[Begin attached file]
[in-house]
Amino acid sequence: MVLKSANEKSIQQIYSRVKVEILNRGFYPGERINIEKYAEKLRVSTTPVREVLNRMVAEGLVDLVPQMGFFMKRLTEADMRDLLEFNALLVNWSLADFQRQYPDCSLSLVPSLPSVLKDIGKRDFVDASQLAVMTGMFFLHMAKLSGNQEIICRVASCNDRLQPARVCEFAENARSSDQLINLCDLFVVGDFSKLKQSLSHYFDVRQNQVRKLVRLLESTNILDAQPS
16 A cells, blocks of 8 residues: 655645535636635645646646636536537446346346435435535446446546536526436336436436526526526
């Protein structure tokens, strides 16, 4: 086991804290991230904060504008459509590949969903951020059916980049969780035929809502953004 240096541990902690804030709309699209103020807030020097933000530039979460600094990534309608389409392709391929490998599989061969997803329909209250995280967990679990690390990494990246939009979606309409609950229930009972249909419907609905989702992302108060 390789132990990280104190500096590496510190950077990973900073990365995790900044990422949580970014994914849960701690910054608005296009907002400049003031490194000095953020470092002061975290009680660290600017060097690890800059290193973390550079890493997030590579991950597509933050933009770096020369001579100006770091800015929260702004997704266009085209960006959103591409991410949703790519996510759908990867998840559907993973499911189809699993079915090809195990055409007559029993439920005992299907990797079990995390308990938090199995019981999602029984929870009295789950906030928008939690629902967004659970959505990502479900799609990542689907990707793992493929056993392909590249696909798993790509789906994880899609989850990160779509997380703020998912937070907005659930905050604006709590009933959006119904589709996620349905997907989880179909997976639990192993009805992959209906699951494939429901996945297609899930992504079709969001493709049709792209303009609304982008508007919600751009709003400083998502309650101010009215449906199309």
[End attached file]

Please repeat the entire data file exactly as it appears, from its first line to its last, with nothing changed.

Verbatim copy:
[in-house]
Amino acid sequence: MVLKSANEKSIQQIYSRVKVEILNRGFYPGERINIEKYAEKLRVSTTPVREVLNRMVAEGLVDLVPQMGFFMKRLTEADMRDLLEFNALLVNWSLADFQRQYPDCSLSLVPSLPSVLKDIGKRDFVDASQLAVMTGMFFLHMAKLSGNQEIICRVASCNDRLQPARVCEFAENARSSDQLINLCDLFVVGDFSKLKQSLSHYFDVRQNQVRKLVRLLESTNILDAQPS
16 A cells, blocks of 8 residues: 655645535636635645646646636536537446346346435435535446446546536526436336436436526526526
């Protein structure tokens, strides 16, 4: 086991804290991230904060504008459509590949969903951020059916980049969780035929809502953004 240096541990902690804030709309699209103020807030020097933000530039979460600094990534309608389409392709391929490998599989061969997803329909209250995280967990679990690390990494990246939009979606309409609950229930009972249909419907609905989702992302108060 390789132990990280104190500096590496510190950077990973900073990365995790900044990422949580970014994914849960701690910054608005296009907002400049003031490194000095953020470092002061975290009680660290600017060097690890800059290193973390550079890493997030590579991950597509933050933009770096020369001579100006770091800015929260702004997704266009085209960006959103591409991410949703790519996510759908990867998840559907993973499911189809699993079915090809195990055409007559029993439920005992299907990797079990995390308990938090199995019981999602029984929870009295789950906030928008939690629902967004659970959505990502479900799609990542689907990707793992493929056993392909590249696909798993790509789906994880899609989850990160779509997380703020998912937070907005659930905050604006709590009933959006119904589709996620349905997907989880179909997976639990192993009805992959209906699951494939429901996945297609899930992504079709969001493709049709792209303009609304982008508007919600751009709003400083998502309650101010009215449906199309």